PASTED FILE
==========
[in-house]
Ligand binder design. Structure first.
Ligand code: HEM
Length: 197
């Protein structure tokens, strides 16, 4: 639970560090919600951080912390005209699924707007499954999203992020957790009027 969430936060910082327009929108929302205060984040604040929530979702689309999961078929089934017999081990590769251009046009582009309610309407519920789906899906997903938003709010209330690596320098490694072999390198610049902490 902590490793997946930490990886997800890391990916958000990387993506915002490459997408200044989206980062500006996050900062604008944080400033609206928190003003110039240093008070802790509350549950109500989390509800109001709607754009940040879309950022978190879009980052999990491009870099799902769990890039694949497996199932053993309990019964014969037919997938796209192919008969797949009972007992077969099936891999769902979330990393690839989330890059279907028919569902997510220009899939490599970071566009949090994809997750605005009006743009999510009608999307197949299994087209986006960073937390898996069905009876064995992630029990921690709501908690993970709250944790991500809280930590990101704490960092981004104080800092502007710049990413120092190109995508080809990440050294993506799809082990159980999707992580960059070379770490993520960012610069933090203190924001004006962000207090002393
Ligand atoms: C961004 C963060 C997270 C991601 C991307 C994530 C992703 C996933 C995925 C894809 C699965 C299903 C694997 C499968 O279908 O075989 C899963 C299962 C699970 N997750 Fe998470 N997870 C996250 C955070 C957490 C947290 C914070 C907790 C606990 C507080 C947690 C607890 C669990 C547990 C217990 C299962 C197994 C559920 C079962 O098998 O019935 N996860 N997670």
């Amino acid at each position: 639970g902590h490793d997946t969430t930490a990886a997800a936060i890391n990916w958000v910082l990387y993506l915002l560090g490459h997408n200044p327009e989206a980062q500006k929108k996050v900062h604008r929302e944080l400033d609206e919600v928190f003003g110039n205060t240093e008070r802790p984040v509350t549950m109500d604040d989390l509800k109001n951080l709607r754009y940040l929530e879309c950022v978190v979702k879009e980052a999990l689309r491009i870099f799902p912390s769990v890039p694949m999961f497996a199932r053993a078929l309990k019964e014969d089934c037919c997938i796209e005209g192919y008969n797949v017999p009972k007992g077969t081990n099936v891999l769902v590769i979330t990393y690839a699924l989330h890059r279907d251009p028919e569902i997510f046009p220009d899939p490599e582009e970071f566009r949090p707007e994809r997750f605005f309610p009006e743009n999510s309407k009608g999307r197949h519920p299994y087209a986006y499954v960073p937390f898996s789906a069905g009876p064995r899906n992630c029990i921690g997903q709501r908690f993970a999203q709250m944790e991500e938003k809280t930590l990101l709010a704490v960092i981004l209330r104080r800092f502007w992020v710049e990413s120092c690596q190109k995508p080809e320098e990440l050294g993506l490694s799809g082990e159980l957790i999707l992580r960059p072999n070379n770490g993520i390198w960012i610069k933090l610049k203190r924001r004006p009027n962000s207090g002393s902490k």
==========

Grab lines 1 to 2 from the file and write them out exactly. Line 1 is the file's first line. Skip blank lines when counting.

[in-house]
Ligand binder design. Structure first.